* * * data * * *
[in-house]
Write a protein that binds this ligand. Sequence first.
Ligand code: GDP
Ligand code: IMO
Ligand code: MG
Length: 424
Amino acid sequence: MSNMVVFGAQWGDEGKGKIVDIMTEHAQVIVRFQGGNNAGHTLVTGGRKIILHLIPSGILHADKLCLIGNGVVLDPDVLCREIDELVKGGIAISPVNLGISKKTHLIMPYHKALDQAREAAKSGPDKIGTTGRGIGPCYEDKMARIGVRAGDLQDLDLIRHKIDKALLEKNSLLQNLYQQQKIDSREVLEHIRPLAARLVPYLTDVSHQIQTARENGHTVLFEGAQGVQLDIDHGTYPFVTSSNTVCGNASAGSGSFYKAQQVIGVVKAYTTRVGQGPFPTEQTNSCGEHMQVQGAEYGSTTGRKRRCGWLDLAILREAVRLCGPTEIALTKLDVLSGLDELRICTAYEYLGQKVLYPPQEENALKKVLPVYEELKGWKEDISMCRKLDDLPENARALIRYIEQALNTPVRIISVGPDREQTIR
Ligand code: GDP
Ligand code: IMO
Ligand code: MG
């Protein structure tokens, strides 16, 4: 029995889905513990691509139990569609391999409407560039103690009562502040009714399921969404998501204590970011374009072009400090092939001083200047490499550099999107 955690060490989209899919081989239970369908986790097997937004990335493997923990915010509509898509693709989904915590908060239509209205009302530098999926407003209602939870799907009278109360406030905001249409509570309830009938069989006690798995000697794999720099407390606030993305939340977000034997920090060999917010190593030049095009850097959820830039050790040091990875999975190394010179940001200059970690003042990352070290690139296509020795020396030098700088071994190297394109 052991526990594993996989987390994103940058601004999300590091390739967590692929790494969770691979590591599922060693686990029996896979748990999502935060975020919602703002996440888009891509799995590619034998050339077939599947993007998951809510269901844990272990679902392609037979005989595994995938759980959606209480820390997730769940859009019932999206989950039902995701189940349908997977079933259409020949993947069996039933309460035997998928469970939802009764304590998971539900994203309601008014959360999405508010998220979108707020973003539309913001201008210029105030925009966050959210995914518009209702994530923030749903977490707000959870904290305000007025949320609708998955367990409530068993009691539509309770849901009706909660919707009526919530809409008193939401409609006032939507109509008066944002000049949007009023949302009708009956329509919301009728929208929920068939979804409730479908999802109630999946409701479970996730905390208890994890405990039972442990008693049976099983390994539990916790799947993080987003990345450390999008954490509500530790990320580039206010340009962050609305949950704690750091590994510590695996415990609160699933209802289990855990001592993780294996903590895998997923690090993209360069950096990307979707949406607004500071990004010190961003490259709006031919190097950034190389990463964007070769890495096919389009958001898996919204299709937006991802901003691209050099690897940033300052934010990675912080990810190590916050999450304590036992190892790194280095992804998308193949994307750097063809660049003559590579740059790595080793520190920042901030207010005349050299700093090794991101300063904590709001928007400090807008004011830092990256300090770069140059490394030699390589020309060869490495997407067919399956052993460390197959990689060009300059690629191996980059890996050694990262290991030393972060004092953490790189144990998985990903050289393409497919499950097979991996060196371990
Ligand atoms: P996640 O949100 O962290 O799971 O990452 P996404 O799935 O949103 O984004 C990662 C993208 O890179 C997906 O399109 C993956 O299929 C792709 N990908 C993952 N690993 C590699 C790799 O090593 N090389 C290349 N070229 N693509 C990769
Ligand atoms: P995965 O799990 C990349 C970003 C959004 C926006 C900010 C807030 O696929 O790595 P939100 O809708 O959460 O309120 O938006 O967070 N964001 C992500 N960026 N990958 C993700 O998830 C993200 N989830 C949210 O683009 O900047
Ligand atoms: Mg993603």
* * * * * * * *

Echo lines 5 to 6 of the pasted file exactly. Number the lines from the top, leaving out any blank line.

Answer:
Ligand code: MG
Length: 424